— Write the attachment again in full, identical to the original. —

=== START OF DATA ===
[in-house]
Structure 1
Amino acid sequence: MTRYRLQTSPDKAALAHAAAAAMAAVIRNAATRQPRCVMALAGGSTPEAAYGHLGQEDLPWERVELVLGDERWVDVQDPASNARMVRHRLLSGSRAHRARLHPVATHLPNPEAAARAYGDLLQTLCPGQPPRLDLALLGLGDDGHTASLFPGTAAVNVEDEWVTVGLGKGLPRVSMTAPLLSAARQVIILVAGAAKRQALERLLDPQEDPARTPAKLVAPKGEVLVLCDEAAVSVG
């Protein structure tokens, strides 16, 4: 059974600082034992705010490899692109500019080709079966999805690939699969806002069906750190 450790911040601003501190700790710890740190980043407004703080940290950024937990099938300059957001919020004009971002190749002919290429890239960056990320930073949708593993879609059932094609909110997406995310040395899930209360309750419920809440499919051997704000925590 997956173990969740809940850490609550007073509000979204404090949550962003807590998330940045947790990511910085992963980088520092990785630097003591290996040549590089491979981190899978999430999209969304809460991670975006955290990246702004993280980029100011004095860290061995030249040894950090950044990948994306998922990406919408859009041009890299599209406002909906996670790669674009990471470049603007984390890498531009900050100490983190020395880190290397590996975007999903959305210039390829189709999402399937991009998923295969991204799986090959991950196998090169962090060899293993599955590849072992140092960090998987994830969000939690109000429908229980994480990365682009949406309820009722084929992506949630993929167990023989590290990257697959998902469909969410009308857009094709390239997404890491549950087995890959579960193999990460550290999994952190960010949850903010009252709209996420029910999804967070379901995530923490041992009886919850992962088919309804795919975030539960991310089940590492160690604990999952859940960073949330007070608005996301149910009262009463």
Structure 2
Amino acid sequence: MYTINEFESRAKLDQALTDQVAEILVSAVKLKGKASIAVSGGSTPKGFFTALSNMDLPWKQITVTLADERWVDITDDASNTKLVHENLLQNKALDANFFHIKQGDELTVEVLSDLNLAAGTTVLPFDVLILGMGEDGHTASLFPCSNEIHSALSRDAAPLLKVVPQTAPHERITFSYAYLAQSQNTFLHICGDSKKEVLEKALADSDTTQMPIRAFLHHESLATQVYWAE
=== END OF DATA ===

[in-house]
Structure 1
Amino acid sequence: MTRYRLQTSPDKAALAHAAAAAMAAVIRNAATRQPRCVMALAGGSTPEAAYGHLGQEDLPWERVELVLGDERWVDVQDPASNARMVRHRLLSGSRAHRARLHPVATHLPNPEAAARAYGDLLQTLCPGQPPRLDLALLGLGDDGHTASLFPGTAAVNVEDEWVTVGLGKGLPRVSMTAPLLSAARQVIILVAGAAKRQALERLLDPQEDPARTPAKLVAPKGEVLVLCDEAAVSVG
């Protein structure tokens, strides 16, 4: 059974600082034992705010490899692109500019080709079966999805690939699969806002069906750190 450790911040601003501190700790710890740190980043407004703080940290950024937990099938300059957001919020004009971002190749002919290429890239960056990320930073949708593993879609059932094609909110997406995310040395899930209360309750419920809440499919051997704000925590 997956173990969740809940850490609550007073509000979204404090949550962003807590998330940045947790990511910085992963980088520092990785630097003591290996040549590089491979981190899978999430999209969304809460991670975006955290990246702004993280980029100011004095860290061995030249040894950090950044990948994306998922990406919408859009041009890299599209406002909906996670790669674009990471470049603007984390890498531009900050100490983190020395880190290397590996975007999903959305210039390829189709999402399937991009998923295969991204799986090959991950196998090169962090060899293993599955590849072992140092960090998987994830969000939690109000429908229980994480990365682009949406309820009722084929992506949630993929167990023989590290990257697959998902469909969410009308857009094709390239997404890491549950087995890959579960193999990460550290999994952190960010949850903010009252709209996420029910999804967070379901995530923490041992009886919850992962088919309804795919975030539960991310089940590492160690604990999952859940960073949330007070608005996301149910009262009463």
Structure 2
Amino acid sequence: MYTINEFESRAKLDQALTDQVAEILVSAVKLKGKASIAVSGGSTPKGFFTALSNMDLPWKQITVTLADERWVDITDDASNTKLVHENLLQNKALDANFFHIKQGDELTVEVLSDLNLAAGTTVLPFDVLILGMGEDGHTASLFPCSNEIHSALSRDAAPLLKVVPQTAPHERITFSYAYLAQSQNTFLHICGDSKKEVLEKALADSDTTQMPIRAFLHHESLATQVYWAE